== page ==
The IBM Technology Alliance -- including IBM, Chartered Semiconductor Manufacturing Ltd., GLOBALFOUNDRIES, Infineon Technologies, Samsung Electronics, Co., Ltd., and STMicroelectronics -- have announced that they have jointly defined and are developing a 28nm, high-K metal gate (HKMG), low power CMOS process technology.
IBM reports that the 28nm technology can provide power-performance and time-to-market advantages for makers of a variety of power-sensitive and consumer electronics devices like MIDs and smartphones. The new technology creates improved leakage characteristics that will optimize battery life for next-gen mobile devices.
The alliance has outlined a migration path from the current 32nm process that is being used to the new 28nm technology that requires no costly and time-consuming redesign of the components according to IBM.
IBM's Gary Patton said in a statement, "Through this collaboration, IBM and its alliance partners are helping to accelerate development of next-generation technology to achieve high-performance, energy-efficient chips at the 28nm process level, maintaining our focus on technology leadership for our clients and partners."
IBM says that early work with some clients has shown that the 28nm technology can provide a 40% performance improvement while saving up to 20% in power compared to 45nm technology devices. The HKMG implementation also makes for one of the industry's smallest SRAM cells reports IBM at only 0.120 square microns.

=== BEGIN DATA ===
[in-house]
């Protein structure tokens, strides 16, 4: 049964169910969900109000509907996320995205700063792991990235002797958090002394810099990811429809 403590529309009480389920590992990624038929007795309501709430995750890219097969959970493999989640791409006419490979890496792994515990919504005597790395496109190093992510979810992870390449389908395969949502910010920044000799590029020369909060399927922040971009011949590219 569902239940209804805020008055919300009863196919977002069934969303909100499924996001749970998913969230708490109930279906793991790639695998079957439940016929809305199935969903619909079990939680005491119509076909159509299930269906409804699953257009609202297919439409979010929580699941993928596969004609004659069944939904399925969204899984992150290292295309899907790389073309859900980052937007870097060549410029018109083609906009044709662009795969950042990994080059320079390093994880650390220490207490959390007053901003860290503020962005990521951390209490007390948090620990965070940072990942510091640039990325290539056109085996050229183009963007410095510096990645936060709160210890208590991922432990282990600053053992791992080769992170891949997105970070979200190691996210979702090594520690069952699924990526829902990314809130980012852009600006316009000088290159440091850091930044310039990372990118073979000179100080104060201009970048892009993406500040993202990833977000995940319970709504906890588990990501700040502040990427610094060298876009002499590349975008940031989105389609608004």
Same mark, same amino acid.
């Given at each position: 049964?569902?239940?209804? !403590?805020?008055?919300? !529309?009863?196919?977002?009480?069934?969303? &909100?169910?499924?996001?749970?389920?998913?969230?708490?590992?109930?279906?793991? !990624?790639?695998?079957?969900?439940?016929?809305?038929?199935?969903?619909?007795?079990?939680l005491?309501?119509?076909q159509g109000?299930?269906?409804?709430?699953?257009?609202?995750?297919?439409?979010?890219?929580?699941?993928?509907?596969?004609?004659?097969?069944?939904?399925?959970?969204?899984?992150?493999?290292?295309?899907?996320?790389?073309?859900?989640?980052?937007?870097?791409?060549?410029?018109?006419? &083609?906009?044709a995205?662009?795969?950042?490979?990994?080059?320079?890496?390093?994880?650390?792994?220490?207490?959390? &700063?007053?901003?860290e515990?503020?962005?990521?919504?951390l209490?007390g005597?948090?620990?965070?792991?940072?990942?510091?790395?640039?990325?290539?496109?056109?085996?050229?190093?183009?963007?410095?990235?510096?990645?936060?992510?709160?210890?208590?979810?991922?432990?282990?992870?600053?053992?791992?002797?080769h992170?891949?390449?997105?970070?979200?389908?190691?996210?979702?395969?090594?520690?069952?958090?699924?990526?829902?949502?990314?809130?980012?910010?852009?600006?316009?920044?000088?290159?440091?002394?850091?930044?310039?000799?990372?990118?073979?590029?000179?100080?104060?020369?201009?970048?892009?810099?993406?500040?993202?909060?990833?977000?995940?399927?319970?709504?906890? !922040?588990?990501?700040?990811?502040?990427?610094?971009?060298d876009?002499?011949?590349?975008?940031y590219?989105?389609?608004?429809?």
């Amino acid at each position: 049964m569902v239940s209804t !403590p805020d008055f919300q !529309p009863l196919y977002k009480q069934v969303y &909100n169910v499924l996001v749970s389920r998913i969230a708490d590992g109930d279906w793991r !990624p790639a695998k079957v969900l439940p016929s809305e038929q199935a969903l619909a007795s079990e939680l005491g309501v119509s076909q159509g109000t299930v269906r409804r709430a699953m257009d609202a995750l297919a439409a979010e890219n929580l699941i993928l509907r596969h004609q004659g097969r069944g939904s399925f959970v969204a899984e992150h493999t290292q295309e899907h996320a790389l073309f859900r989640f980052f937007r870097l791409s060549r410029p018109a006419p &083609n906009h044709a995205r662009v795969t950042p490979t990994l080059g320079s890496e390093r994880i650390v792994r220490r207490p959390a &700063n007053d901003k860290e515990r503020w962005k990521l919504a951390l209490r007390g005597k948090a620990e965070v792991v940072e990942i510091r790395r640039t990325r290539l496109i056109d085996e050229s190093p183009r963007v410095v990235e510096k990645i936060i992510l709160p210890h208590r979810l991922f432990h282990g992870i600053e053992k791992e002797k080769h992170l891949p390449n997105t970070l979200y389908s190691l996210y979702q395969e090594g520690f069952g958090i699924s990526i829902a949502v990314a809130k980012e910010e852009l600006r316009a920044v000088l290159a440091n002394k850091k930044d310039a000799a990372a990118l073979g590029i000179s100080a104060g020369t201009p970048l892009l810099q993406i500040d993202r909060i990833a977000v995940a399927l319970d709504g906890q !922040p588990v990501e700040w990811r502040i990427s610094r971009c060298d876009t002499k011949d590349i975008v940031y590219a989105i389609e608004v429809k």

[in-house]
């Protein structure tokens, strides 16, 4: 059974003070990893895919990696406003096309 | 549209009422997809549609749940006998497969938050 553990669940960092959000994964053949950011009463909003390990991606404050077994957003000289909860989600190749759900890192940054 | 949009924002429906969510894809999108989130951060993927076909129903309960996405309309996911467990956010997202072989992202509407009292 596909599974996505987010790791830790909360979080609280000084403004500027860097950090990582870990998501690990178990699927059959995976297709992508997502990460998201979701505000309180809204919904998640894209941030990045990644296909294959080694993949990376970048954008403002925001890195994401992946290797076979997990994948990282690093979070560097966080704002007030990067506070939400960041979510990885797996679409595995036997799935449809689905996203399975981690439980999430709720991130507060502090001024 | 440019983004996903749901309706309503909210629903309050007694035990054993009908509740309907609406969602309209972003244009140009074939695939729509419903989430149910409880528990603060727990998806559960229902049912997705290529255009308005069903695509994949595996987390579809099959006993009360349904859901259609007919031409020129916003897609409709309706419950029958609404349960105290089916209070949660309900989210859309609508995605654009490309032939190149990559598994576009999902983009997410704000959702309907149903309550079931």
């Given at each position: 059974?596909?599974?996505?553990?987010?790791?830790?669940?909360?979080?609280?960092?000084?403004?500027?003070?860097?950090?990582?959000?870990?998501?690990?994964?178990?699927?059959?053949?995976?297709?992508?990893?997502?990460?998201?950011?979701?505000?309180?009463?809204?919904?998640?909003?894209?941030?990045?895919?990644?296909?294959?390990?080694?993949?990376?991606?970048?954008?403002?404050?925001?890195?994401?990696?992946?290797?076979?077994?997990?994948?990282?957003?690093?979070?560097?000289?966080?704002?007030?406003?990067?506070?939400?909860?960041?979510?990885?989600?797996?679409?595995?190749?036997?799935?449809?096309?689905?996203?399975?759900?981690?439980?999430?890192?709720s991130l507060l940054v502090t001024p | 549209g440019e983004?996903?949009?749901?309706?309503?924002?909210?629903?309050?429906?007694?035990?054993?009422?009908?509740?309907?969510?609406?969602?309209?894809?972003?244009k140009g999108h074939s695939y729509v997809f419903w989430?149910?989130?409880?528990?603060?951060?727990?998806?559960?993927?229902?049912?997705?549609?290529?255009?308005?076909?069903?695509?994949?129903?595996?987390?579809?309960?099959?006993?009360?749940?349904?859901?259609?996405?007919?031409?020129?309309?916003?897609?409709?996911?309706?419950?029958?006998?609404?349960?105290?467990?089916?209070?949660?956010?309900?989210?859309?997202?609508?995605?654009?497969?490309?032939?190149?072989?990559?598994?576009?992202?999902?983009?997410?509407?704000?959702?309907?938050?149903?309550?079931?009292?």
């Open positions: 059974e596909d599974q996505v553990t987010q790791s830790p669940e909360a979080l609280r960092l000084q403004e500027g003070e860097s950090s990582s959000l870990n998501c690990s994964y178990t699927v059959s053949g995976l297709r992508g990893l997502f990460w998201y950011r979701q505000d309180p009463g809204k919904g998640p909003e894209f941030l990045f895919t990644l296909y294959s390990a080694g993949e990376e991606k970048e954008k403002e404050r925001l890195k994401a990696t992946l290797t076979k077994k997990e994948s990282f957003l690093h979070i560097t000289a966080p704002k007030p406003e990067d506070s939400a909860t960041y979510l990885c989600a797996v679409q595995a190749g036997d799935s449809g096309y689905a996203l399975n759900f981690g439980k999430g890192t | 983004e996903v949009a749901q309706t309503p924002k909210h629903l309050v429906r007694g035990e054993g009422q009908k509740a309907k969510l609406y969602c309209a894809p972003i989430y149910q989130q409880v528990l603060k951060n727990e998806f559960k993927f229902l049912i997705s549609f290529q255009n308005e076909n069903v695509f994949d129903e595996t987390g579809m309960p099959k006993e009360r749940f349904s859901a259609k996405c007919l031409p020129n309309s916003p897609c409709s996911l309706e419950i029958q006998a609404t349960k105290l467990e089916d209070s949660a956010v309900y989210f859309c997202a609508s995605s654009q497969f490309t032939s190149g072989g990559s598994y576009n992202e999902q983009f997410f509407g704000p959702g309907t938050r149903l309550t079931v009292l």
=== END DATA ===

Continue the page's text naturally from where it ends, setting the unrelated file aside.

ST-Ericsson's Jorgen Lantto said, "This statement of commitment to 28nm low-power technology by the IBM Joint Development Alliance is an important progression from 32nm high-k metal gate technology. Leaders in the mobile industry can utilize 28nm low-power technology to meet the increasingly aggressive demands for performance and improved battery life."
IBM recently walked away from purchase talks with Sun after Sun's board balked at IBM offer.
quote: Preliminary results working with early access clients and partners indicate that the 28nm technology platform can provide a 40 percent performance improvement and a more than 20 percent reduction in power -- all in a chip that is half the size -- compared with 45nm technology. The high-k metal gate implementation allows one of the industry's smallest SRAM cells at 0.120 square microns, with low minimum voltage operation and competitive performance, leakage and stability.